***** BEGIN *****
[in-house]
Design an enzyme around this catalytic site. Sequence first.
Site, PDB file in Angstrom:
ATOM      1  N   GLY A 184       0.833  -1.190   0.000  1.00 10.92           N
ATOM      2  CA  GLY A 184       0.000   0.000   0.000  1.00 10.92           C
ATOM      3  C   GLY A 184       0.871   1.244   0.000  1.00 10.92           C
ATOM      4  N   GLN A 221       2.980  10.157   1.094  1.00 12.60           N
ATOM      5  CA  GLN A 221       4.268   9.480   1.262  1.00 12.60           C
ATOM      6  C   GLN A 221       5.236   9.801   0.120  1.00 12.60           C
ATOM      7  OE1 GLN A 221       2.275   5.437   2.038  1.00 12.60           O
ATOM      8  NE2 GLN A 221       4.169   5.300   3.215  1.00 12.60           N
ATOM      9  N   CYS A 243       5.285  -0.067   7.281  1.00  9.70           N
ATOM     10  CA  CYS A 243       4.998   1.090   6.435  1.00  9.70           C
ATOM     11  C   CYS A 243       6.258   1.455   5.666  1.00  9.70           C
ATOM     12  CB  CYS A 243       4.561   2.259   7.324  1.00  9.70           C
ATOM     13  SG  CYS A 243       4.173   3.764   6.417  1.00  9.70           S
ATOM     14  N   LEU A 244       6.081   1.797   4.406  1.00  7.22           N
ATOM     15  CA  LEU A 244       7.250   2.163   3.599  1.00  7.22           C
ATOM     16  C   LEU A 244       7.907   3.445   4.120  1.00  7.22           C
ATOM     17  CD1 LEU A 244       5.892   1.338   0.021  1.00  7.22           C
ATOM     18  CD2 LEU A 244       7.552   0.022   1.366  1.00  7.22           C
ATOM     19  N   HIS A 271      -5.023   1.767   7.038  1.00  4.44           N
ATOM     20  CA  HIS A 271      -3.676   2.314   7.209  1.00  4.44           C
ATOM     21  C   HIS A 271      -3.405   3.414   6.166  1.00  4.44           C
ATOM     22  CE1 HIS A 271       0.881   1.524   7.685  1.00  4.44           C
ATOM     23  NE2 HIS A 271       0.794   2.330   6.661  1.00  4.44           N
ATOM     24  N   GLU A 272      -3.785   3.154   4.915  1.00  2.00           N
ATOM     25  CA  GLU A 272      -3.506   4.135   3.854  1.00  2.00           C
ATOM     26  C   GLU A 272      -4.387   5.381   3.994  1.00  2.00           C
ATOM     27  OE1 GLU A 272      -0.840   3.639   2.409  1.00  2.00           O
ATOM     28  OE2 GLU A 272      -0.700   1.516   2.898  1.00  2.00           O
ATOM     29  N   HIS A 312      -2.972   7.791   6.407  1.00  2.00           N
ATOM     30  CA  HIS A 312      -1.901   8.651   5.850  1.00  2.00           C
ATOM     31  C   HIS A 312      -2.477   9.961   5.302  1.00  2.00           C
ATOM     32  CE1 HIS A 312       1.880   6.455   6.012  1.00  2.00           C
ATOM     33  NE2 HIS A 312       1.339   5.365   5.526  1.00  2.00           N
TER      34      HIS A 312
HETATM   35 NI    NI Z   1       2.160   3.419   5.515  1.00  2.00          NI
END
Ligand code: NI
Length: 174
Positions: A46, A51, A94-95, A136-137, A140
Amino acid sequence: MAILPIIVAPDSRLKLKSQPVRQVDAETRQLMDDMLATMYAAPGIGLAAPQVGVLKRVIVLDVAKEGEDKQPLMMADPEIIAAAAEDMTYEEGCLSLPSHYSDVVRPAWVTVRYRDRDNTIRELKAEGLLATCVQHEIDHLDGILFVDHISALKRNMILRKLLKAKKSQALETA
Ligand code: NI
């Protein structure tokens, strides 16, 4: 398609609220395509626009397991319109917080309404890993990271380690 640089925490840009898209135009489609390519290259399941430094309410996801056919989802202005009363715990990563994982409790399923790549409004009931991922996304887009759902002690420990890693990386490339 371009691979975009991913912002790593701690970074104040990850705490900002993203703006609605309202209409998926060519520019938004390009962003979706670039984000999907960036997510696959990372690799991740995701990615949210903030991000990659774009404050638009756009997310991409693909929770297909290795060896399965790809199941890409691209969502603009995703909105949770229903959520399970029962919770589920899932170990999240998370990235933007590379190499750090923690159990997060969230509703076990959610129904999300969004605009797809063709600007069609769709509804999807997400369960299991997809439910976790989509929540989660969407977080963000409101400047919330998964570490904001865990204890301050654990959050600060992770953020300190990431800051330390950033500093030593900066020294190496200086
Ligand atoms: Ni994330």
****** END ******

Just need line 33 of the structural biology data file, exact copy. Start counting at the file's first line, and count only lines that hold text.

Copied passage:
ATOM     30  CA  HIS A 312      -1.901   8.651   5.850  1.00  2.00           C